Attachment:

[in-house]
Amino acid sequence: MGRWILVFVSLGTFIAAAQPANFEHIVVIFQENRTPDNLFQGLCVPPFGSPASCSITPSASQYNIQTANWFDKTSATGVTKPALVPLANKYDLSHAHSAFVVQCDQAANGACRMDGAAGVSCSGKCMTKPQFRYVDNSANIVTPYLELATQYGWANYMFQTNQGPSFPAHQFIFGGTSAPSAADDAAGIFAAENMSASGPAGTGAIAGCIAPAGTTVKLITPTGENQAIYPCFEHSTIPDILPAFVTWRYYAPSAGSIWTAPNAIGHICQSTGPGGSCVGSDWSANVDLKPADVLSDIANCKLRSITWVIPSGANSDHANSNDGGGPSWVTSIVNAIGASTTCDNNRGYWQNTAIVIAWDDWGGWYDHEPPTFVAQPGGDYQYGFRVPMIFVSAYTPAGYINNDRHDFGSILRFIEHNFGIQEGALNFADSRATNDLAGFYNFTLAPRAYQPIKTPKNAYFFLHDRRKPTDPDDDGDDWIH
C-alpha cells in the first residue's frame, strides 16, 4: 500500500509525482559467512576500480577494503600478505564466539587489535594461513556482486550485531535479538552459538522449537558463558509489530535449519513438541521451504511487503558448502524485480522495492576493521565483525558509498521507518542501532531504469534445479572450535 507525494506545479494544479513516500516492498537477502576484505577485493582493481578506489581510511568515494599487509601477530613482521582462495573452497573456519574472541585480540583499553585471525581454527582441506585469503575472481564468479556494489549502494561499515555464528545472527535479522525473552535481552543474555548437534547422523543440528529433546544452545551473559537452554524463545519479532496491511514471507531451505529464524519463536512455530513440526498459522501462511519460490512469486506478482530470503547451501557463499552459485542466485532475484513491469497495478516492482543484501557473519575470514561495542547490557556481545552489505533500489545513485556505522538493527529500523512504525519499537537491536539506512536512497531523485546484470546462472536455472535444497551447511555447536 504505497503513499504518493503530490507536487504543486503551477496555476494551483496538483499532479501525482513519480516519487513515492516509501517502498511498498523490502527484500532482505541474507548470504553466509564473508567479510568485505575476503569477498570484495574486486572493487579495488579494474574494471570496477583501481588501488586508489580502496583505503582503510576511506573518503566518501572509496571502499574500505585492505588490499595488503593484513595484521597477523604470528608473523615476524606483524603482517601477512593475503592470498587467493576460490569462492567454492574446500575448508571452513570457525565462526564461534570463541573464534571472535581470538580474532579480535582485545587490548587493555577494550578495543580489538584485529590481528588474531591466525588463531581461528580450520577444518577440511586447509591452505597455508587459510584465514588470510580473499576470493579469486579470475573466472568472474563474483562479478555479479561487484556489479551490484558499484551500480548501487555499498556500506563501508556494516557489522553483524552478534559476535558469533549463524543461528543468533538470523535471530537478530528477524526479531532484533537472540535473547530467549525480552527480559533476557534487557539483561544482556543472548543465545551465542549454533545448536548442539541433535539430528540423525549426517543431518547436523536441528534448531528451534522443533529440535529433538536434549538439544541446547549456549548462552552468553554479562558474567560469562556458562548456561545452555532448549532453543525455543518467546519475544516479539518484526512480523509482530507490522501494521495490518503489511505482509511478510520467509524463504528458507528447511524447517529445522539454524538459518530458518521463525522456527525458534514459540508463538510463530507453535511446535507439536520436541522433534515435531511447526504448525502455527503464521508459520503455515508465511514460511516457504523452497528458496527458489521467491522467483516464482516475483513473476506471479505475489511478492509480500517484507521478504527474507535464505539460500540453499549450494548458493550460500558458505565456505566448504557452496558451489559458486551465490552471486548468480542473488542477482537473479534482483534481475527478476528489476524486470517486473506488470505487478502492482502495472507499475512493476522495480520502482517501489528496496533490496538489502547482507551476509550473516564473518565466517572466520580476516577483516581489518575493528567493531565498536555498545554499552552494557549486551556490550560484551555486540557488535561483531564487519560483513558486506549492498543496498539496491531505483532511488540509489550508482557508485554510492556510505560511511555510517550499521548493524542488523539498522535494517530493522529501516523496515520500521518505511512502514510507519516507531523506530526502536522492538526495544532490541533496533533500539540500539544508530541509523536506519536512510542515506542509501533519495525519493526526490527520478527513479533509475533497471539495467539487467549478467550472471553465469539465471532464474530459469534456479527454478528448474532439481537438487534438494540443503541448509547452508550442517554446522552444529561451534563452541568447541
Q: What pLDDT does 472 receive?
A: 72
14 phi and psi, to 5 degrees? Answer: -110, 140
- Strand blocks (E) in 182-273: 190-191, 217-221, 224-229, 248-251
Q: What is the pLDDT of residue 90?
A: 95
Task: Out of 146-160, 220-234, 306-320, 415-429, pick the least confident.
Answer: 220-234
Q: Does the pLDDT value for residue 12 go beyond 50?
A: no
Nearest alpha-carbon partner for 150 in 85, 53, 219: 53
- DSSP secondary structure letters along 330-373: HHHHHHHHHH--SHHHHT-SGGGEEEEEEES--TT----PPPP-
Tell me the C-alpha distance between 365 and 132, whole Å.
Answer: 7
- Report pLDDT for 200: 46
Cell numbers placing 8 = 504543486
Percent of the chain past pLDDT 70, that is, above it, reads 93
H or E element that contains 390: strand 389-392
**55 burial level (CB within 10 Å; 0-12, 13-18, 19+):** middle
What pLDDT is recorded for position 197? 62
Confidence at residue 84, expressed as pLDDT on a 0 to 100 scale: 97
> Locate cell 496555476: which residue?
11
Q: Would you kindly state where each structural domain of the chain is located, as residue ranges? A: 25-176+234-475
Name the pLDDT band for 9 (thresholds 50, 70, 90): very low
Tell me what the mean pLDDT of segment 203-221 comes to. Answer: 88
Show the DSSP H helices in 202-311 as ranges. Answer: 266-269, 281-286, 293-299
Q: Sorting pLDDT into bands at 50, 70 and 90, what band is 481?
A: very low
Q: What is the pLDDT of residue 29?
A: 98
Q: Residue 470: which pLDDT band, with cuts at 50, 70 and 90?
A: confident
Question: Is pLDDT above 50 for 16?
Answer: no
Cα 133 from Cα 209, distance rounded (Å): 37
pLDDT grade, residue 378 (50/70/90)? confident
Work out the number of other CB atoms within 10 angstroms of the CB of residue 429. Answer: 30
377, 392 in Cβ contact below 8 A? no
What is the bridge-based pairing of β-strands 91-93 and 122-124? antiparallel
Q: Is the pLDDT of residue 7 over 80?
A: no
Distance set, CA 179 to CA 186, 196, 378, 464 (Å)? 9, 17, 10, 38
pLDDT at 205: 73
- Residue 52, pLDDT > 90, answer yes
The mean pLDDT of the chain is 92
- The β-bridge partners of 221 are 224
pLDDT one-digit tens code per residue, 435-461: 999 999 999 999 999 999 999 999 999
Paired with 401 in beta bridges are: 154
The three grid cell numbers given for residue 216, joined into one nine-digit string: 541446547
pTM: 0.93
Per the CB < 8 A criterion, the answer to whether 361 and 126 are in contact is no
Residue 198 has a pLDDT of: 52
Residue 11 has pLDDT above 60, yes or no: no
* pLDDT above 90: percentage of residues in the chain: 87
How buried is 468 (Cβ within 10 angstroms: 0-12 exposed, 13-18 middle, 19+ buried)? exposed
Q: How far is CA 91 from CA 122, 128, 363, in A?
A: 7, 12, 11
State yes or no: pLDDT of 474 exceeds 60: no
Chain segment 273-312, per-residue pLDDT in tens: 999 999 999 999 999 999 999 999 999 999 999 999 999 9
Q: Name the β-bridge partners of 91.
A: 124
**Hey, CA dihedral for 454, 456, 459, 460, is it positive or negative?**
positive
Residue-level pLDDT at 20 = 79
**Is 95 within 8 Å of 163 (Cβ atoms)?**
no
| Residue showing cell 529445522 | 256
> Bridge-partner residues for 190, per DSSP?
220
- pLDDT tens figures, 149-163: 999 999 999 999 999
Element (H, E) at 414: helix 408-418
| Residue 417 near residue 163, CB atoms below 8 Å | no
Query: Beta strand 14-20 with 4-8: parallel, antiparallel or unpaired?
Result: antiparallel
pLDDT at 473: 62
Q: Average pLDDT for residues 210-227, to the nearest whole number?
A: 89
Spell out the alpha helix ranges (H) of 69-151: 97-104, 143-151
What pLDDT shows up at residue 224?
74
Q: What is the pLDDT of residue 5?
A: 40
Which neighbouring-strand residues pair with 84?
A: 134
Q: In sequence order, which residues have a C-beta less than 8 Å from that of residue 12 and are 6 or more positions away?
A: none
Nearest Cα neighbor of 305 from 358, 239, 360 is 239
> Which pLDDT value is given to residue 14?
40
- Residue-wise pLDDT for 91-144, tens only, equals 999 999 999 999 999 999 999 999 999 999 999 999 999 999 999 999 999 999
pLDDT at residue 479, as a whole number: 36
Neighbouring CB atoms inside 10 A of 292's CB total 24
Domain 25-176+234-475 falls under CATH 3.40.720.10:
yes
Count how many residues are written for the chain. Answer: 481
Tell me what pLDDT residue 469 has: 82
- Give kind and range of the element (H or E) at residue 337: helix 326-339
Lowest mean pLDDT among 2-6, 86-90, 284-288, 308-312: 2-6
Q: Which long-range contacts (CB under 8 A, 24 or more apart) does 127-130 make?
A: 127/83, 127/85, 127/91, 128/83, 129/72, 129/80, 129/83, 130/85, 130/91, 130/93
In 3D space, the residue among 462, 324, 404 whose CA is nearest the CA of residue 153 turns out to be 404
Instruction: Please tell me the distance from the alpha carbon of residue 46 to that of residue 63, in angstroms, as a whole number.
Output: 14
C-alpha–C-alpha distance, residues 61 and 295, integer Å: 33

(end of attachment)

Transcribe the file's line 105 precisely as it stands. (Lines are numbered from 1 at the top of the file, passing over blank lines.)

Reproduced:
In 3D space, the residue among 462, 324, 404 whose CA is nearest the CA of residue 153 turns out to be 404